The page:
showed its willingness to change in many ways. Perhaps the most striking example was SEC using its own personnel to co-develop a latch and a hinge with Whirlpool even though there was no guarantee that SEC would get Whirlpool's business. SEC personnel became free internal consultants to Whirlpool in order to demonstrate that they were committed to becoming a business partner. Whirlpool expected its suppliers to provide a sustainable. competitive advantage that was consistent with its strategy, although Whirlpool did not provide any leadership to SEC. It simply imposed its demands. Developing a strategy for achieving Whirlpool's goals rested solely with the supplier. By not providing any detailed plans. Whirlpool left the strategic planning and implementation up to SEe. Whirlpool also wanted SEC to help predict consumer preferences. It therefore sought SEe's opinions, suggestions, and solutions to problems about many aspects of its products, most of which did not relate to SEe's components. Again SEC was expected to play the role of free consultant. even before it established formal agreements with Whirlpool. One of Whirlpool's key strategic thrusts was to "effectively manage the selected technology base that emanates from the suppliers." To meet Whirlpool's objectives, SEC had to communicate Whirlpool's needs to all of SEe's employees and suppliers. Whirlpool demanded high-quality. low-cost, timely products, and SEC had to comply with these demands.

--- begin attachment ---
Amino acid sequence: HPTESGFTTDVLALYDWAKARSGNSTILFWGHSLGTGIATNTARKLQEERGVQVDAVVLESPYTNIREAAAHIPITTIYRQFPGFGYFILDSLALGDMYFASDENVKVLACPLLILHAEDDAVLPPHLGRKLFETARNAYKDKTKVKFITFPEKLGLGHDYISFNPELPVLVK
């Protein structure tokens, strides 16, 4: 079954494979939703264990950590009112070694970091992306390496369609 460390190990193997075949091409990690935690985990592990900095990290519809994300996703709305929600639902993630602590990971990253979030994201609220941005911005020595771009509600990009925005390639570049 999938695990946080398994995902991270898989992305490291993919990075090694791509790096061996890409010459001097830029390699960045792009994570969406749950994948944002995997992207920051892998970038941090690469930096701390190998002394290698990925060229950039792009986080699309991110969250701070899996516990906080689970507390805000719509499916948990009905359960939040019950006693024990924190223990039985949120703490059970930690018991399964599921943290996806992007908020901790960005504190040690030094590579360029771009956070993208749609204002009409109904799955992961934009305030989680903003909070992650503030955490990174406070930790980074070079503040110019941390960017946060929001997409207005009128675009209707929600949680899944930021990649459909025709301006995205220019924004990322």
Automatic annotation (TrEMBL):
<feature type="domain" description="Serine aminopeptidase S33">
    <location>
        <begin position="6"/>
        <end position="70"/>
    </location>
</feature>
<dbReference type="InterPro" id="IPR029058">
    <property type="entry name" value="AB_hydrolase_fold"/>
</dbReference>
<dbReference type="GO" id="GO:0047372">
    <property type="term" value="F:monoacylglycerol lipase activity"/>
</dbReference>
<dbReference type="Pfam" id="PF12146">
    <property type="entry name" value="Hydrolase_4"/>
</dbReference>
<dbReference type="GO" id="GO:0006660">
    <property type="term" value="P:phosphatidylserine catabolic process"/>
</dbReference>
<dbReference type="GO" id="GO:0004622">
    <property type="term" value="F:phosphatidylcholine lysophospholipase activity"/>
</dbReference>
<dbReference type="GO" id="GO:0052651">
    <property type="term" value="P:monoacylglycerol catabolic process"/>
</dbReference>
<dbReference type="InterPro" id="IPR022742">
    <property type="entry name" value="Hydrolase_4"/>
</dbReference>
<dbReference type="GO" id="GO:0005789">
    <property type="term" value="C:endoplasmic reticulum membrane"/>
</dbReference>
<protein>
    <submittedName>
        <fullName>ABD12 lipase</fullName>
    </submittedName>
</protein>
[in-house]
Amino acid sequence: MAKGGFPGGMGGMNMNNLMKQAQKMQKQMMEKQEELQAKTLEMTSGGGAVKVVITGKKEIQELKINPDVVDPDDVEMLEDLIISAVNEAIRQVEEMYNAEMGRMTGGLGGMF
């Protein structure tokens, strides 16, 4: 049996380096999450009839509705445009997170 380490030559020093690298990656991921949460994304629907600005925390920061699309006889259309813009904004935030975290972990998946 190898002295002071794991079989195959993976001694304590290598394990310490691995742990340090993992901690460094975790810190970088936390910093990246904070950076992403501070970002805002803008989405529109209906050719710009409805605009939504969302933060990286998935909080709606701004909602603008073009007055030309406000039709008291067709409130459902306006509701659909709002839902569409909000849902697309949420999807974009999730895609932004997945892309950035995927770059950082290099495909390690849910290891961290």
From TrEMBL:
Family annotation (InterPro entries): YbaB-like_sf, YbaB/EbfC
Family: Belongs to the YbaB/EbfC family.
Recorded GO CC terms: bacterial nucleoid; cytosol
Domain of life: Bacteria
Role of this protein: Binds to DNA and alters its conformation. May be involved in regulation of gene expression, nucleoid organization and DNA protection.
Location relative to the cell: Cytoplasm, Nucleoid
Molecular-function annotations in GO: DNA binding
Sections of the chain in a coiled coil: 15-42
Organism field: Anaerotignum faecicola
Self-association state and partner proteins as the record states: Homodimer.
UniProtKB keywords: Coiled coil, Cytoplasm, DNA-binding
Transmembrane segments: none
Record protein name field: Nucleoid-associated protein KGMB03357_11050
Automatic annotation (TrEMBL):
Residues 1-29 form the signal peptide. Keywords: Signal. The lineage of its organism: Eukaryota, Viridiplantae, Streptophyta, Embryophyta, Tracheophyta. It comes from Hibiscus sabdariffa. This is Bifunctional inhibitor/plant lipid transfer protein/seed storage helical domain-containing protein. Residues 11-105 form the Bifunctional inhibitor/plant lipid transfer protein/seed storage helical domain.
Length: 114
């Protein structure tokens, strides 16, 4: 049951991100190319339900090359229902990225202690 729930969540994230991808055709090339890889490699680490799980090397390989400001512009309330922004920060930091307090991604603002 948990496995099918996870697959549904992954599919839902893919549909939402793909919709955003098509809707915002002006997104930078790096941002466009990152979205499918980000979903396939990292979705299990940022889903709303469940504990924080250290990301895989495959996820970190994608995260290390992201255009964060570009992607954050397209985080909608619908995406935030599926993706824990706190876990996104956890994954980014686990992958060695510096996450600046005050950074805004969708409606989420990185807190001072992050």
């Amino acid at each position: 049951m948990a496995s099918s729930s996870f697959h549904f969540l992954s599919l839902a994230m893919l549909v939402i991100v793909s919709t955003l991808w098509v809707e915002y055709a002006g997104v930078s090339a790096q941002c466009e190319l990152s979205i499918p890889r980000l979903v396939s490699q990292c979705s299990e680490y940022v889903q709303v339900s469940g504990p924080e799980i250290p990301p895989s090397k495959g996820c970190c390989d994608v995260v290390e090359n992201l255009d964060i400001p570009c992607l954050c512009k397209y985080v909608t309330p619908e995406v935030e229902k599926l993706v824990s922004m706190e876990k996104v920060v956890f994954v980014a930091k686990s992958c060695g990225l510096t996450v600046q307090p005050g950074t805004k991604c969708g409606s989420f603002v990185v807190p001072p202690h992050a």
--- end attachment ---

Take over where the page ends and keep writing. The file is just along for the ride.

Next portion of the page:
Whirlpool stated that its chosen suppliers would be the best in their class and their goals would be in line with Whirlpools' goals. . In early 1995.the buyers atWhirlpool accepted SEe's design proposals for the latch and hinge assemblies and awarded SEC the contract for these components. SEC started shipping small quantities of latches and hinges early in the spring of 1996. In mid-1996, Whirlpool awarded SEC a contract to supply smoke eliminators and venting tube assemblies. Since SEC first starting shipping components under its new supplier program. Whirlpool has
awarded SEC $S million in additional yearly business. At the same time, others suppliers lost this $S million in busi-iess. 0By adopting TQ\1. SEC became a successful competitor. Between 1993 and 1997  SEC sales toWhirlpool increased 12S percent, and its productivity increased by 76 percent. Over the same period, its sales to other customers (originally non- TQM customers) increased 2S percent. For SEe. implementing TQM, although ri'k~ and painful. was a success. SEC realized that it must solve problems immediately aI1LIprovide the best possible design and quality at a competitive price. As a supplier. SEC needs to constantly initiate new technology idea-. as suppliers to organizations that u-,e TQ\l principles must always be ready to change and be on the alert